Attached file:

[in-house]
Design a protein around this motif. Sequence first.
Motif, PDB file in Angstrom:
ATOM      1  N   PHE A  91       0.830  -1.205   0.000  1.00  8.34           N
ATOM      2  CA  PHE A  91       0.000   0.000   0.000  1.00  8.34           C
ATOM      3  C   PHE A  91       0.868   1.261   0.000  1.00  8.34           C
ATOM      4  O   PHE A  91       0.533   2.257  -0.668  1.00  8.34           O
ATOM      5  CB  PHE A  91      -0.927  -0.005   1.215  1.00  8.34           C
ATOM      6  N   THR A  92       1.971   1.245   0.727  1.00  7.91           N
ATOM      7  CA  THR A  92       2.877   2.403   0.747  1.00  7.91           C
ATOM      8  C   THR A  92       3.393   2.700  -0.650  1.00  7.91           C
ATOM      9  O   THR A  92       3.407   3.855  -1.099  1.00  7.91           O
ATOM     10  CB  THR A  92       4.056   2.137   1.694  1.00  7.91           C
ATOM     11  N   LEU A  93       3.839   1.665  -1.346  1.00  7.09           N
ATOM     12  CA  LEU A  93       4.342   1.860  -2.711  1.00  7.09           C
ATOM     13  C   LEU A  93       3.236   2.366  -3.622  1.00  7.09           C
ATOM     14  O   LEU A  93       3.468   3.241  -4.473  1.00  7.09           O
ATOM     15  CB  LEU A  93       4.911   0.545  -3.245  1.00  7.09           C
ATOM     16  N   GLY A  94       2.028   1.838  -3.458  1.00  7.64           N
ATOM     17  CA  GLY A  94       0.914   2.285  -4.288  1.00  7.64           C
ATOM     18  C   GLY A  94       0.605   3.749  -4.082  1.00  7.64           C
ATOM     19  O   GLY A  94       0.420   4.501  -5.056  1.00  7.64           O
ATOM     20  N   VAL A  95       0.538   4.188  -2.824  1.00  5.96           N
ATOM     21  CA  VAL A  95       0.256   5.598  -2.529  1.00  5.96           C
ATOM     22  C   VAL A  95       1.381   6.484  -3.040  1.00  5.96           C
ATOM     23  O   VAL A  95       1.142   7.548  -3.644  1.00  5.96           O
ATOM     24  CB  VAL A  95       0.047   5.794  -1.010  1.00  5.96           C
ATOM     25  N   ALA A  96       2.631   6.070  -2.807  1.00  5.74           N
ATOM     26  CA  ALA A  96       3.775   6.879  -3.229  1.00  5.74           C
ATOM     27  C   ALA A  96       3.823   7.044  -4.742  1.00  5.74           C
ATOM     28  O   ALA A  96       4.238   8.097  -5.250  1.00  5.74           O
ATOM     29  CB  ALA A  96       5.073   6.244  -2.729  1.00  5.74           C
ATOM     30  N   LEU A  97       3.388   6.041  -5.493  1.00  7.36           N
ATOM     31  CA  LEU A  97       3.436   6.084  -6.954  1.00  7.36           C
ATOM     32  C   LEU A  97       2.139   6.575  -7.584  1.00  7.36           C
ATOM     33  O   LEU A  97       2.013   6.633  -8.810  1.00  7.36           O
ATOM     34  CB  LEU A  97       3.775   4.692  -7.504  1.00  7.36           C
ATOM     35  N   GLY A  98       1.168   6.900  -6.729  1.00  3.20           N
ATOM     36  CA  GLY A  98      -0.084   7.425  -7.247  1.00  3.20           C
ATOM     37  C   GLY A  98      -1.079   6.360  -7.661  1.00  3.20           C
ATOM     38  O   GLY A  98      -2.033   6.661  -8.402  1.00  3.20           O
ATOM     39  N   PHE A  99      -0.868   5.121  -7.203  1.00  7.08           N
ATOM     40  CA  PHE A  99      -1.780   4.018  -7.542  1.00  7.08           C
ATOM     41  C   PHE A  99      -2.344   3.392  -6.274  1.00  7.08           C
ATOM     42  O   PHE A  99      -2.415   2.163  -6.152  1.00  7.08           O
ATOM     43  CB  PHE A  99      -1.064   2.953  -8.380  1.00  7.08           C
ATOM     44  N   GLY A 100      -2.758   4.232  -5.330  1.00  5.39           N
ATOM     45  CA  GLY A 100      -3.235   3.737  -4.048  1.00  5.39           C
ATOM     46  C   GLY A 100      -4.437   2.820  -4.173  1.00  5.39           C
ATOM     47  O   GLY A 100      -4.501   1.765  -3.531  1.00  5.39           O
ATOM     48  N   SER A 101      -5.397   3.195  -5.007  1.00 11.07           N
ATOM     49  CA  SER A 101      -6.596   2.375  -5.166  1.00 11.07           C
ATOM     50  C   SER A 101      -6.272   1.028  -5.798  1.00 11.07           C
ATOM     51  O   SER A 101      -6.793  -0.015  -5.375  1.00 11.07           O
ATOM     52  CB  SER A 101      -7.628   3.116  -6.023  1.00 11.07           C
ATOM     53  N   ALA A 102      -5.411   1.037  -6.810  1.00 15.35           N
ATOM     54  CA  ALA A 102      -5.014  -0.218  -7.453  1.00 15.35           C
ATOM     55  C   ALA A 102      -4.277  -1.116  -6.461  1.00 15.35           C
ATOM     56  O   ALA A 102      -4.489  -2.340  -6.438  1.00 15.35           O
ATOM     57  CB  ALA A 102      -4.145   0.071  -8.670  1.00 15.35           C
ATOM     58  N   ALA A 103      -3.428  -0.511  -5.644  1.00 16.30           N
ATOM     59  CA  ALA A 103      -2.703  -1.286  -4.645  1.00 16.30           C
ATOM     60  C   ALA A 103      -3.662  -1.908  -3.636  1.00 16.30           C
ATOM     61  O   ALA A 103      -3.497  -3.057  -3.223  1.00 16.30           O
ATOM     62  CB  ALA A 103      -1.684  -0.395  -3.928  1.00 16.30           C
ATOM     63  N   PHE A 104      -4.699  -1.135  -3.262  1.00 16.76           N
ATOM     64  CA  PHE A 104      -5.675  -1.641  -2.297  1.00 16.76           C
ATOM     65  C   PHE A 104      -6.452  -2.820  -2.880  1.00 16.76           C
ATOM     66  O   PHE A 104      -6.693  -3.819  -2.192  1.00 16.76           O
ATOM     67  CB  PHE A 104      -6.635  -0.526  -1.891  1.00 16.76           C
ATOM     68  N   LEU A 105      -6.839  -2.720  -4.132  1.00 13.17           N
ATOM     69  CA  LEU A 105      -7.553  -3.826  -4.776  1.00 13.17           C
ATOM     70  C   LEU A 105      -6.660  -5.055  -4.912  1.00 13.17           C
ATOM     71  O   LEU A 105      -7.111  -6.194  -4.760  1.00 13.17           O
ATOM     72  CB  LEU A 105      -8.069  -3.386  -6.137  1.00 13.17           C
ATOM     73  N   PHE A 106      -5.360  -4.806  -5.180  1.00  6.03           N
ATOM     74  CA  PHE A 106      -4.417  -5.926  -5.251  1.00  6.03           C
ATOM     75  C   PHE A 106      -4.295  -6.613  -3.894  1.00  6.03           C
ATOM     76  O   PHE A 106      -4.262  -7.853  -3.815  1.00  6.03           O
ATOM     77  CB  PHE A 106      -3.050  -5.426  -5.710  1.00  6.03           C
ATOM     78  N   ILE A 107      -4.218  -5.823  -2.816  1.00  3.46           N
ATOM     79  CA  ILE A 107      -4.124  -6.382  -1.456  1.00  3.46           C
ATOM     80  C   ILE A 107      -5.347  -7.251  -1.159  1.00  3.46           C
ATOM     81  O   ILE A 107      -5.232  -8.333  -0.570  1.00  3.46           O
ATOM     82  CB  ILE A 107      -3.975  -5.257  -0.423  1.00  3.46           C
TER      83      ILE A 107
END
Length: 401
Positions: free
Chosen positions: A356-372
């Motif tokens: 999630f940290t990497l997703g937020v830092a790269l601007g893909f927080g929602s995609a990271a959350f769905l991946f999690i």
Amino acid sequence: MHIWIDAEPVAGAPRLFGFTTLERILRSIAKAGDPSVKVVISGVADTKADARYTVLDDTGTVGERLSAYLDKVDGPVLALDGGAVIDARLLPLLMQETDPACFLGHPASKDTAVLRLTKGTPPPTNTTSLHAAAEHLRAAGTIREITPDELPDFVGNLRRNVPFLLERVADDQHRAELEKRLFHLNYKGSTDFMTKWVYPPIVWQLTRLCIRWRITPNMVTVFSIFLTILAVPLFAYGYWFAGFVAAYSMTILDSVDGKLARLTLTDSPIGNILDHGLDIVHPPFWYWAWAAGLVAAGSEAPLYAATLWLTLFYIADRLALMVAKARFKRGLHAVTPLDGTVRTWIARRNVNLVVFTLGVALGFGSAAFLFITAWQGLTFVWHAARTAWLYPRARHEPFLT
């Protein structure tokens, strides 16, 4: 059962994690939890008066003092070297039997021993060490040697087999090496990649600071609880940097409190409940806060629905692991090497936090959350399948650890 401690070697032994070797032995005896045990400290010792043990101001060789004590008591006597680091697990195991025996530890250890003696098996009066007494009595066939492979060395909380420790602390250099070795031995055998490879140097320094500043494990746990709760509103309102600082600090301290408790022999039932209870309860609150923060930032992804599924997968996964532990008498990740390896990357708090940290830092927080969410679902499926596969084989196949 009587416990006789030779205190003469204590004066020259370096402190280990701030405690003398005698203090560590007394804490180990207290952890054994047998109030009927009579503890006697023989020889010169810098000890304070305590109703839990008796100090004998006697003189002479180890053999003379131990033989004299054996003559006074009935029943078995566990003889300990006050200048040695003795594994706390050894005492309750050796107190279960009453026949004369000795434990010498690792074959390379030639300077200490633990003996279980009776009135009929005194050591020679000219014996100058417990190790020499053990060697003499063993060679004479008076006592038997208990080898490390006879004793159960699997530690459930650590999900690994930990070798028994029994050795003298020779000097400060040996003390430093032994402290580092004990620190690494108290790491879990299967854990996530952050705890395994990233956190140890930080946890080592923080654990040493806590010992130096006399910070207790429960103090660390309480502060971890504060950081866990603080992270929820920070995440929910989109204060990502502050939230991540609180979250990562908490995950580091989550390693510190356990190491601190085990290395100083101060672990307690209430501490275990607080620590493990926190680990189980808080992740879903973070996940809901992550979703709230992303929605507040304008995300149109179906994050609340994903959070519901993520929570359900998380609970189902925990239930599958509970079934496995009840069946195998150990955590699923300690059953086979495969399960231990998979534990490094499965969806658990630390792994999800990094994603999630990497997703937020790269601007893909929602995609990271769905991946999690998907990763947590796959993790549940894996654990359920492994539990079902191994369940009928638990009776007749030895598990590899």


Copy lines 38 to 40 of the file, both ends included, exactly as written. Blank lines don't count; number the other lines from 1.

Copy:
ATOM     35  N   GLY A  98       1.168   6.900  -6.729  1.00  3.20           N
ATOM     36  CA  GLY A  98      -0.084   7.425  -7.247  1.00  3.20           C
ATOM     37  C   GLY A  98      -1.079   6.360  -7.661  1.00  3.20           C